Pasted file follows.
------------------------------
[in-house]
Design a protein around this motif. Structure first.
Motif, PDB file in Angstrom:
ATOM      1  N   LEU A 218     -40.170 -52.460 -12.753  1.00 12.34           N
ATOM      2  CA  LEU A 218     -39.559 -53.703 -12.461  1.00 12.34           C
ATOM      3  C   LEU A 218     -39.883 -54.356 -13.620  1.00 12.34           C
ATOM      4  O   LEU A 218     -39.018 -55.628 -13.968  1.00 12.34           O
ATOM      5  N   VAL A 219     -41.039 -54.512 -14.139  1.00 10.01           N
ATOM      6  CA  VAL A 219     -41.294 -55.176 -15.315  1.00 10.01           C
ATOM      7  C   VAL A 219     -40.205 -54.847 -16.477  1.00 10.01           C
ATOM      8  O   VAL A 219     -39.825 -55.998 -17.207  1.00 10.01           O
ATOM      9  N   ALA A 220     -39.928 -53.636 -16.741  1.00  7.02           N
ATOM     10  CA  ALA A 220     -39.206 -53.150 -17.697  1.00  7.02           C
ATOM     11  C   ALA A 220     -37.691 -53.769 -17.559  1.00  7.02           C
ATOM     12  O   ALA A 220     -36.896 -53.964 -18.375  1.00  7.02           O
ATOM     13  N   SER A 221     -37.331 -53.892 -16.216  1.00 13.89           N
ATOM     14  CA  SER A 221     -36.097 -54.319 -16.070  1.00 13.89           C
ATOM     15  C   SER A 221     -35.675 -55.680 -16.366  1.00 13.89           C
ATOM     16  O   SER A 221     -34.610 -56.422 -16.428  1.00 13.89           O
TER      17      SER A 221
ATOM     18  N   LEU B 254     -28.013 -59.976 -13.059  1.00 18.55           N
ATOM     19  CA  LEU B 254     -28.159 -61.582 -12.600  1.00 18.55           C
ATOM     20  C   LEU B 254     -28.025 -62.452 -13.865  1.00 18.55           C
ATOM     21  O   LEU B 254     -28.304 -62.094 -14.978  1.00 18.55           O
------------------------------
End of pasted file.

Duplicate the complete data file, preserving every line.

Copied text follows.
[in-house]
Design a protein around this motif. Structure first.
Motif, PDB file in Angstrom:
ATOM      1  N   LEU A 218     -40.170 -52.460 -12.753  1.00 12.34           N
ATOM      2  CA  LEU A 218     -39.559 -53.703 -12.461  1.00 12.34           C
ATOM      3  C   LEU A 218     -39.883 -54.356 -13.620  1.00 12.34           C
ATOM      4  O   LEU A 218     -39.018 -55.628 -13.968  1.00 12.34           O
ATOM      5  N   VAL A 219     -41.039 -54.512 -14.139  1.00 10.01           N
ATOM      6  CA  VAL A 219     -41.294 -55.176 -15.315  1.00 10.01           C
ATOM      7  C   VAL A 219     -40.205 -54.847 -16.477  1.00 10.01           C
ATOM      8  O   VAL A 219     -39.825 -55.998 -17.207  1.00 10.01           O
ATOM      9  N   ALA A 220     -39.928 -53.636 -16.741  1.00  7.02           N
ATOM     10  CA  ALA A 220     -39.206 -53.150 -17.697  1.00  7.02           C
ATOM     11  C   ALA A 220     -37.691 -53.769 -17.559  1.00  7.02           C
ATOM     12  O   ALA A 220     -36.896 -53.964 -18.375  1.00  7.02           O
ATOM     13  N   SER A 221     -37.331 -53.892 -16.216  1.00 13.89           N
ATOM     14  CA  SER A 221     -36.097 -54.319 -16.070  1.00 13.89           C
ATOM     15  C   SER A 221     -35.675 -55.680 -16.366  1.00 13.89           C
ATOM     16  O   SER A 221     -34.610 -56.422 -16.428  1.00 13.89           O
TER      17      SER A 221
ATOM     18  N   LEU B 254     -28.013 -59.976 -13.059  1.00 18.55           N
ATOM     19  CA  LEU B 254     -28.159 -61.582 -12.600  1.00 18.55           C
ATOM     20  C   LEU B 254     -28.025 -62.452 -13.865  1.00 18.55           C
ATOM     21  O   LEU B 254     -28.304 -62.094 -14.978  1.00 18.55           O